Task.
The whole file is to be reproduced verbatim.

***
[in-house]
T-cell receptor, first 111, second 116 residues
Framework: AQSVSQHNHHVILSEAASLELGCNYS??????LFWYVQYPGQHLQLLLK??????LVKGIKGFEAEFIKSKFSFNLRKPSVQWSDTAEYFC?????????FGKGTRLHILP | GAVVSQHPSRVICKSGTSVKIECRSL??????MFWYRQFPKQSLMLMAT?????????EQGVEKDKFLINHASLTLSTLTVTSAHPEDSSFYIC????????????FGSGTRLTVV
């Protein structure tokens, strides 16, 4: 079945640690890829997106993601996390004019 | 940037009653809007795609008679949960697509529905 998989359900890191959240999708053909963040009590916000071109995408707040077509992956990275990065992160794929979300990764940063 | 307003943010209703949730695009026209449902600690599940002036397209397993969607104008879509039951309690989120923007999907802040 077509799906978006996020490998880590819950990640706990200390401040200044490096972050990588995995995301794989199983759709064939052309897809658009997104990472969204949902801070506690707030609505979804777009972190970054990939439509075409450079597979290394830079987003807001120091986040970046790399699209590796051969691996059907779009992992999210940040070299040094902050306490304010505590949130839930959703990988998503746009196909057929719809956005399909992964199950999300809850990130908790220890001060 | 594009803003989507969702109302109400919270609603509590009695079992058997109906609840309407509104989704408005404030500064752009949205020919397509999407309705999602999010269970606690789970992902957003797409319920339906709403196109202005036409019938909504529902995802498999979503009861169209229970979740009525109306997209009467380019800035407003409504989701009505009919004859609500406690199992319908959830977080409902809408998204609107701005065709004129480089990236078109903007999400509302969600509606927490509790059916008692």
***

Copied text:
[in-house]
T-cell receptor, first 111, second 116 residues
Framework: AQSVSQHNHHVILSEAASLELGCNYS??????LFWYVQYPGQHLQLLLK??????LVKGIKGFEAEFIKSKFSFNLRKPSVQWSDTAEYFC?????????FGKGTRLHILP | GAVVSQHPSRVICKSGTSVKIECRSL??????MFWYRQFPKQSLMLMAT?????????EQGVEKDKFLINHASLTLSTLTVTSAHPEDSSFYIC????????????FGSGTRLTVV
């Protein structure tokens, strides 16, 4: 079945640690890829997106993601996390004019 | 940037009653809007795609008679949960697509529905 998989359900890191959240999708053909963040009590916000071109995408707040077509992956990275990065992160794929979300990764940063 | 307003943010209703949730695009026209449902600690599940002036397209397993969607104008879509039951309690989120923007999907802040 077509799906978006996020490998880590819950990640706990200390401040200044490096972050990588995995995301794989199983759709064939052309897809658009997104990472969204949902801070506690707030609505979804777009972190970054990939439509075409450079597979290394830079987003807001120091986040970046790399699209590796051969691996059907779009992992999210940040070299040094902050306490304010505590949130839930959703990988998503746009196909057929719809956005399909992964199950999300809850990130908790220890001060 | 594009803003989507969702109302109400919270609603509590009695079992058997109906609840309407509104989704408005404030500064752009949205020919397509999407309705999602999010269970606690789970992902957003797409319920339906709403196109202005036409019938909504529902995802498999979503009861169209229970979740009525109306997209009467380019800035407003409504989701009505009919004859609500406690199992319908959830977080409902809408998204609107701005065709004129480089990236078109903007999400509302969600509606927490509790059916008692």